Fertilizing regularly can also be a great solution, and this is going to help your plant get the right nutrients. You should consider fertilizing your hibiscus plants on a schedule that will have you feeding the plant four times each year.
Generally, the schedule is going to have you fertilizing in the early spring, late spring, middle of summer, and either the very late autumn or early days of winter. Just be sure to buy a fertilizer that is properly formulated for hibiscus plants and everything will turn out nicely.
3 – Possible Light Issues
Another thing that plants need to be able to thrive is sunlight. You could have your hibiscus in a position indoors that isn’t allowing it to get the proper amount of sunlight that it needs.
When a plant isn’t getting enough sunlight, it isn’t going to be able to thrive. A hibiscus plant really wants to have around 13 hours of sunlight per day, but that might not always be possible in an indoor environment.
This is why many people have started using grow lights for their hibiscus plants. You can easily set up grow lights to ensure that they are getting a good amount of light even during the winter months.
Of course, you can also just try to move the plants to a sunnier portion of your house. If this is the issue, then a few weeks of improved lighting conditions should help to turn the drooping leaves back to normal.
4 – The Potential of Disease
The potential of disease is also something that needs to be touched on since it can cause hibiscus leaves to droop. Hibiscus plants can be attacked by a disease known as verticillium wilt that will cause the plant to wilt over time.
Usually, this disease will start showing signs on the leaves of the plant. You might notice the leaves drooping a bit, and then they will start to turn yellow.
The best way to deal with this is to prune away sections that appear to be wilting. It’s possible that your hibiscus could bounce back from this, but it can be fairly problematic.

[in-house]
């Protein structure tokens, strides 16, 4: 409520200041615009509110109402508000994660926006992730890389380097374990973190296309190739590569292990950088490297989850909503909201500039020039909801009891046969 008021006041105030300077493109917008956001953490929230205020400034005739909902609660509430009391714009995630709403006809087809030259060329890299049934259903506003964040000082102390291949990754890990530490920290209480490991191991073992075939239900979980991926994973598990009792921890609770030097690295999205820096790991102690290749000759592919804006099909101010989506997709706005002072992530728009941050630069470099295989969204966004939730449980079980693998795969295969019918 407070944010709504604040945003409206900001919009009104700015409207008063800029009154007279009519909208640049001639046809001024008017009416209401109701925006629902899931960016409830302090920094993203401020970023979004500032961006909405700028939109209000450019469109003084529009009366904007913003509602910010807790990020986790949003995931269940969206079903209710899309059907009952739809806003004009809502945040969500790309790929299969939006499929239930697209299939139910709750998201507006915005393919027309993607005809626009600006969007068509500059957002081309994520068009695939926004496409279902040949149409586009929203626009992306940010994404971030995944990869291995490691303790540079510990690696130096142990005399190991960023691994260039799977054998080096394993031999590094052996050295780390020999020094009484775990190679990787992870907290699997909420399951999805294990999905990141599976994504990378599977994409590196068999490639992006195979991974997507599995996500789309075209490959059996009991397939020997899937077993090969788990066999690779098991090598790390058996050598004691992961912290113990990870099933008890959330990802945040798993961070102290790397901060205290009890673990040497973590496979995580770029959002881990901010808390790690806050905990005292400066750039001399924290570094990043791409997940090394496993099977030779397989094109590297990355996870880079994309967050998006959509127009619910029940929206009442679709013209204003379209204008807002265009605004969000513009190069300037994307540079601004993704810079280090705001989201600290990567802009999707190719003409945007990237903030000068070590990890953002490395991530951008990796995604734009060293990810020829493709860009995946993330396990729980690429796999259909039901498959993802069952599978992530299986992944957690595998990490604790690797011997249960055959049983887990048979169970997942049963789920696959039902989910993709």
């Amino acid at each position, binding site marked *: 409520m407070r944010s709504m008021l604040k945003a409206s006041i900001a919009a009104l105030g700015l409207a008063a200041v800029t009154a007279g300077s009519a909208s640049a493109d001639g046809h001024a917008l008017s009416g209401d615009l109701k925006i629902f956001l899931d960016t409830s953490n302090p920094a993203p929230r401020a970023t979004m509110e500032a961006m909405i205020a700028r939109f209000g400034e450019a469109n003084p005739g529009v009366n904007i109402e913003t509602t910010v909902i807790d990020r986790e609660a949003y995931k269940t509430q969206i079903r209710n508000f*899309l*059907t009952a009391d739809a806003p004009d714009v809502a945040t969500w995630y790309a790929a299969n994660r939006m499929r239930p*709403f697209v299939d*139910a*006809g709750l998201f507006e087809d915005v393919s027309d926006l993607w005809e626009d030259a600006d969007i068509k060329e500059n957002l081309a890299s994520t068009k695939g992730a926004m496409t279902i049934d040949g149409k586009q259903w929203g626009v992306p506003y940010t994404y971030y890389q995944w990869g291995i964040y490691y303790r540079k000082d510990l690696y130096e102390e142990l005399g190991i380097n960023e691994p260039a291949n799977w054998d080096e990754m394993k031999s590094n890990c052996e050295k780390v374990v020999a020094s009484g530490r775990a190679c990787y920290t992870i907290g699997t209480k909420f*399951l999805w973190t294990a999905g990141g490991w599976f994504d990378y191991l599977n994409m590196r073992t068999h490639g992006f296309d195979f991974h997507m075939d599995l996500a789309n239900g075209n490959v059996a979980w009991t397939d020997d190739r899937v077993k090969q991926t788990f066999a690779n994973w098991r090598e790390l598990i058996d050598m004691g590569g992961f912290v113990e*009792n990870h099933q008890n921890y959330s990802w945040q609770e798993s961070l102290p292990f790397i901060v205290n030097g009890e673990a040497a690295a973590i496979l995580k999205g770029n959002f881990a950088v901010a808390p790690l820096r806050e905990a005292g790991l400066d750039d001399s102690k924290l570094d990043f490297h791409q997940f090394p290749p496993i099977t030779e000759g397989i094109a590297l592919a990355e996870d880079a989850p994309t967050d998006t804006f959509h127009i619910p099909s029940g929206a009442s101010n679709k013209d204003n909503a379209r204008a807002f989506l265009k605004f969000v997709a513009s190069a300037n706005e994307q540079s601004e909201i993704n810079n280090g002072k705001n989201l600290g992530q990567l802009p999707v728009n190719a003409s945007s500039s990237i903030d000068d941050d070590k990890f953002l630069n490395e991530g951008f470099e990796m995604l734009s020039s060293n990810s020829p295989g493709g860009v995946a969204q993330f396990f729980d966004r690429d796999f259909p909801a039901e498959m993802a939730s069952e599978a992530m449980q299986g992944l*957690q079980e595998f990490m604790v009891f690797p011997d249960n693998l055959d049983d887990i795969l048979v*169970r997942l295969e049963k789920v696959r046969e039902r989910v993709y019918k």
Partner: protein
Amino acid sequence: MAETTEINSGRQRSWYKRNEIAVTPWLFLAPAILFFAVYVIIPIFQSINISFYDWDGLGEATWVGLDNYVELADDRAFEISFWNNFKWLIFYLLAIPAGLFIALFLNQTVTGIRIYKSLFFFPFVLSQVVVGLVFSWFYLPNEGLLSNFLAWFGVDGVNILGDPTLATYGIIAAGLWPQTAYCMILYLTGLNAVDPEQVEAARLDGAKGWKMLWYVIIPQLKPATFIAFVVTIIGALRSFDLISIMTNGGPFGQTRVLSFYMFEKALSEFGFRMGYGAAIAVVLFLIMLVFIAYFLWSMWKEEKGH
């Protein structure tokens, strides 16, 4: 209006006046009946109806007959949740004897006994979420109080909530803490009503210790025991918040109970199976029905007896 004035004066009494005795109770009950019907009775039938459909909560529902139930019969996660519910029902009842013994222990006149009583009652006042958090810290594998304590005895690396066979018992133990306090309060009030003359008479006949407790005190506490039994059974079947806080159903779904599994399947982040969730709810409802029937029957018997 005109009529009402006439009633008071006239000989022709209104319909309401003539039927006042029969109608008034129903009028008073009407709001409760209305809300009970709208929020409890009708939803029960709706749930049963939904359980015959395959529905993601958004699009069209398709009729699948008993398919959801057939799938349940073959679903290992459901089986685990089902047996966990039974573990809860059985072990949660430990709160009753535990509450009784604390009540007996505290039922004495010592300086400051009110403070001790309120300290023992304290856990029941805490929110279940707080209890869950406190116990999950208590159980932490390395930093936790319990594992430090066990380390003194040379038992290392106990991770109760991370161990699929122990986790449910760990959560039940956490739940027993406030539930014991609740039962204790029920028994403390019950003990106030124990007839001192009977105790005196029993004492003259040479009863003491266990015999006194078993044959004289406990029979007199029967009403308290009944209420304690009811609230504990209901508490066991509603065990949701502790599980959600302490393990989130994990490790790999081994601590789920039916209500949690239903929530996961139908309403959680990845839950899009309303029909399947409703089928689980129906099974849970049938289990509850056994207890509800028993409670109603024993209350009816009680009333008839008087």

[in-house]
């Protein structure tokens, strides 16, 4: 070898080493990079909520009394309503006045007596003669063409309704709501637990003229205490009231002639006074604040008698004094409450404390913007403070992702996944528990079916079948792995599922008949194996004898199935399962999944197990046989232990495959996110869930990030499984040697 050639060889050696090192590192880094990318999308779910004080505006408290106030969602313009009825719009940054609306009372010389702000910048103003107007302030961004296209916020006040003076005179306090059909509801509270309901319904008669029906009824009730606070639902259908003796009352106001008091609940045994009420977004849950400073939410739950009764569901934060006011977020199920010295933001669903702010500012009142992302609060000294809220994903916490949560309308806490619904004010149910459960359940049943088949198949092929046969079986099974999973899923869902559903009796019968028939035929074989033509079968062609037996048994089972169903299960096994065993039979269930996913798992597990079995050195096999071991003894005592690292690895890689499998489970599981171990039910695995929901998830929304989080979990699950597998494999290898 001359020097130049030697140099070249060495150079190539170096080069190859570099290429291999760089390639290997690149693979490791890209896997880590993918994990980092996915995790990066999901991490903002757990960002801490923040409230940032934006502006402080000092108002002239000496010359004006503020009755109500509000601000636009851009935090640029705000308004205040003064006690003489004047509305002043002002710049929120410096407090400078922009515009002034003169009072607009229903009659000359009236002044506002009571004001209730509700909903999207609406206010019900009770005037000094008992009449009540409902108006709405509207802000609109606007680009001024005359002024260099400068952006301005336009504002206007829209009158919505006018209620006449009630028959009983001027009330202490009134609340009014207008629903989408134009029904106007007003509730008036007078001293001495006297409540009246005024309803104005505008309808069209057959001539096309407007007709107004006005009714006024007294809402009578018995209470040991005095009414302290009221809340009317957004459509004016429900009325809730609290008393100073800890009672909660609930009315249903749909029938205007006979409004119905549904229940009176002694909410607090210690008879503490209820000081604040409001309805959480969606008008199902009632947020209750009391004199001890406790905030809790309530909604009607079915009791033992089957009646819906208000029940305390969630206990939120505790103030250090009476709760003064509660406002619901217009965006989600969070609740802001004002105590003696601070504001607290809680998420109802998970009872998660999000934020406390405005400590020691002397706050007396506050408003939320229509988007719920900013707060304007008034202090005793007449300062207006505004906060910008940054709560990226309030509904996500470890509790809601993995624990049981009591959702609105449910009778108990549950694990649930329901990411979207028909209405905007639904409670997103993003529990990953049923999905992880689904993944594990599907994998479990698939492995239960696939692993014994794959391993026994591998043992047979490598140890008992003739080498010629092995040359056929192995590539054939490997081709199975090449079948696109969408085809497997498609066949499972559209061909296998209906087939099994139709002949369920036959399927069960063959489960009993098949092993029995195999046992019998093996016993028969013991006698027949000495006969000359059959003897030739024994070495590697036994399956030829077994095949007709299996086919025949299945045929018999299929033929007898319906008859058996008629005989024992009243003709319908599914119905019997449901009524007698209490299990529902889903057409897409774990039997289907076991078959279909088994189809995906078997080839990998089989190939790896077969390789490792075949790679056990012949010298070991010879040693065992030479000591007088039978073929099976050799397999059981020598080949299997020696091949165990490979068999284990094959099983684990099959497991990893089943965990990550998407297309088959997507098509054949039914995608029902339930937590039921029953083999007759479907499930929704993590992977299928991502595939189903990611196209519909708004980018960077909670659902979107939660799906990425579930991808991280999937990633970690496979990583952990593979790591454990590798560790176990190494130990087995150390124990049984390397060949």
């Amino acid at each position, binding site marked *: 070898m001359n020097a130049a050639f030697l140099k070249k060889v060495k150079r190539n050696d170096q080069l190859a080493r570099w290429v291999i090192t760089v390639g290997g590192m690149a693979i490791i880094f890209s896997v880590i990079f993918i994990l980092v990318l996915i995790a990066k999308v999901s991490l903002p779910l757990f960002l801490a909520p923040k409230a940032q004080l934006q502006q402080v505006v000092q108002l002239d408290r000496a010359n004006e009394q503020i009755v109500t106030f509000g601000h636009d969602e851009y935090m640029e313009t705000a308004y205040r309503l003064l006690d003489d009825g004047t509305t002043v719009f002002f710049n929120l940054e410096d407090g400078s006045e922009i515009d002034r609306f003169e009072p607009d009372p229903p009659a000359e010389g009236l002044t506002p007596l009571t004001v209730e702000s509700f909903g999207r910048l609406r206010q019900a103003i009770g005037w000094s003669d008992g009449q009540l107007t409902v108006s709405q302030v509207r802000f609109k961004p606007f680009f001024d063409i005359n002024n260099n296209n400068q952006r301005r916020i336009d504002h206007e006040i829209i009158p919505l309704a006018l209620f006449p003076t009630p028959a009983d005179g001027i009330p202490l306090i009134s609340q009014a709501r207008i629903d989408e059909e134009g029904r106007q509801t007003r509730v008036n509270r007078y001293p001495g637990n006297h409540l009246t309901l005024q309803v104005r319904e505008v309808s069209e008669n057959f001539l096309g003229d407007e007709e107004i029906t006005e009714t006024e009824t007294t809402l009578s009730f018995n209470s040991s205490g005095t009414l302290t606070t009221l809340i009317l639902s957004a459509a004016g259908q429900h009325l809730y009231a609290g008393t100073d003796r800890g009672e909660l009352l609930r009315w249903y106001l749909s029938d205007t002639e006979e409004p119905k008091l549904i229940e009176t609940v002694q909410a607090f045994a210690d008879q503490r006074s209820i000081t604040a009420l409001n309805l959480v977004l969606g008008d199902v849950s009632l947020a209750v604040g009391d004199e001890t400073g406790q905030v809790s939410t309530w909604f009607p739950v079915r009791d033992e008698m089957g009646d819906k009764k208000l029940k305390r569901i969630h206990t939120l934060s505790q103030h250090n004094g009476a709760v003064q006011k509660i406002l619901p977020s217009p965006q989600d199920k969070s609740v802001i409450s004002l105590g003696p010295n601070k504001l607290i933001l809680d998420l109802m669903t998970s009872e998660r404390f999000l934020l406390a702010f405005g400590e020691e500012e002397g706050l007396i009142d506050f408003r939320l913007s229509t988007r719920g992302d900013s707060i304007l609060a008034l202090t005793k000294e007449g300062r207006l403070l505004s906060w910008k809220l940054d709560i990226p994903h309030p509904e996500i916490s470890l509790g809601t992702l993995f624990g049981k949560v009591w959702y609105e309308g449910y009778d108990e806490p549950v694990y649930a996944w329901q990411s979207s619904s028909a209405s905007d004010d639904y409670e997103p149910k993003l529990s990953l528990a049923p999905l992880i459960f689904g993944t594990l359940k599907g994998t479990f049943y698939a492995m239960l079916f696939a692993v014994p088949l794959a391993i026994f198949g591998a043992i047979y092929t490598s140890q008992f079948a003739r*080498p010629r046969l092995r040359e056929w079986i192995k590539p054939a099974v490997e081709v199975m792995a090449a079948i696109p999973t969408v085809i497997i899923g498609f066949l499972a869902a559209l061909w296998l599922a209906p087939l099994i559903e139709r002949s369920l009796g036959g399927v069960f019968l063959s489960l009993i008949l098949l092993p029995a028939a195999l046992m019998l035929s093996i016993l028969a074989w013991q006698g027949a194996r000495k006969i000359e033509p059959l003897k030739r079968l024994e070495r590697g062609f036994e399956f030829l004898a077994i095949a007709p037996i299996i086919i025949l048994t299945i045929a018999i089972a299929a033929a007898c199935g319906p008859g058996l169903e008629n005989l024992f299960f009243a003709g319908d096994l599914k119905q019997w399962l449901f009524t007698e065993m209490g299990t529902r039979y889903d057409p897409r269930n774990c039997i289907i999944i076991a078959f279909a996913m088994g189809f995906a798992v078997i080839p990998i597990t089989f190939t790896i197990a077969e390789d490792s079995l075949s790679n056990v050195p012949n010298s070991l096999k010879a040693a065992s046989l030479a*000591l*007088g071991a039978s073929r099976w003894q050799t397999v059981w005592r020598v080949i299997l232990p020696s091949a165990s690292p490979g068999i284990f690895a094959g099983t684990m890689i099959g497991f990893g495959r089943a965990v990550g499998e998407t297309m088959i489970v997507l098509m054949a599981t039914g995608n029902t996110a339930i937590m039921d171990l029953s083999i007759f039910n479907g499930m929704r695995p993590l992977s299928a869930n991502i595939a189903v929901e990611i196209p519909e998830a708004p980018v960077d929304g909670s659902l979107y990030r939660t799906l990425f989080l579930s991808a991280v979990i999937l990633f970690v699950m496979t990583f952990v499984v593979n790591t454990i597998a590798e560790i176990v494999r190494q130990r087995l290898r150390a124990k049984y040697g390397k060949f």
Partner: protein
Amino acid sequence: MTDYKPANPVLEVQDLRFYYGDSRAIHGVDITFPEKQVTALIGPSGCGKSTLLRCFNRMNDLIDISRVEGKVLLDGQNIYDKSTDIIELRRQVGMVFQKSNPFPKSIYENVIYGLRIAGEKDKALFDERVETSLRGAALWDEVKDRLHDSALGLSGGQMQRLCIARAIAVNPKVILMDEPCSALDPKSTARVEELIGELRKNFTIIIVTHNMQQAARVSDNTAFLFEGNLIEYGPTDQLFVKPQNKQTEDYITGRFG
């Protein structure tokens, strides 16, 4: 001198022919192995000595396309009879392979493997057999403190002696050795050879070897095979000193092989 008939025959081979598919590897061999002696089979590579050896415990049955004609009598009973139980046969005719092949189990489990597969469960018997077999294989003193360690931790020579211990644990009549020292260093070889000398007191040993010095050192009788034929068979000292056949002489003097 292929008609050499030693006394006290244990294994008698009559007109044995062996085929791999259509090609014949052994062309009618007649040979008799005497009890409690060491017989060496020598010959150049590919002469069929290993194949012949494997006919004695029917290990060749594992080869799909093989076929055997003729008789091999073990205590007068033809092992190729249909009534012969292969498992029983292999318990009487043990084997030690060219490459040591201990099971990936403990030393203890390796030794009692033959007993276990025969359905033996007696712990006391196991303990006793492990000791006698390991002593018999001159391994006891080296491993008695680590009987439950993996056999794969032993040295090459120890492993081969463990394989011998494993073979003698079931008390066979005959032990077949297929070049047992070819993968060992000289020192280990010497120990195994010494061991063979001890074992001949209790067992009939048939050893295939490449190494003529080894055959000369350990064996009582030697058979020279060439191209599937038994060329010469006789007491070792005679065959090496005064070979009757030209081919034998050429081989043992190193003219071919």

Try to maintain a healthy watering schedule when your hibiscus is showing signs of verticillium wilt. You should also keep feeding it on its normal schedule while giving it the proper amount of sun.
If you do all of this, it’ll definitely give your hibiscus the best chance possible of getting back to normal. It can take time, but this is the best strategy for managing a plant disease like this.
When you don’t take the necessary actions, it will become possible that the hibiscus plant will die. If you wish to save your plant, then you need to be as proactive as possible.
There are several potential causes of drooping hibiscus leaves, and now you’re aware of them. Knowing why the leaves are drooping will involve making some observations, but you should be able to determine what is going on.
Take the necessary steps to try to fix what is wrong with your hibiscus so that you can keep on enjoying the plant. It shouldn’t be too hard to correct things when you have a better idea of what you should be doing, and you’re going to be glad that you took the time to learn.
Growing up with a mom who filled her home (inside and out) with all sorts of plants, Lisa got her start in gardening at a young age. Living now on her own with a home and yard full of plants (including an indoor greenhouse), she shares all the gardening tips she’s gained over the years.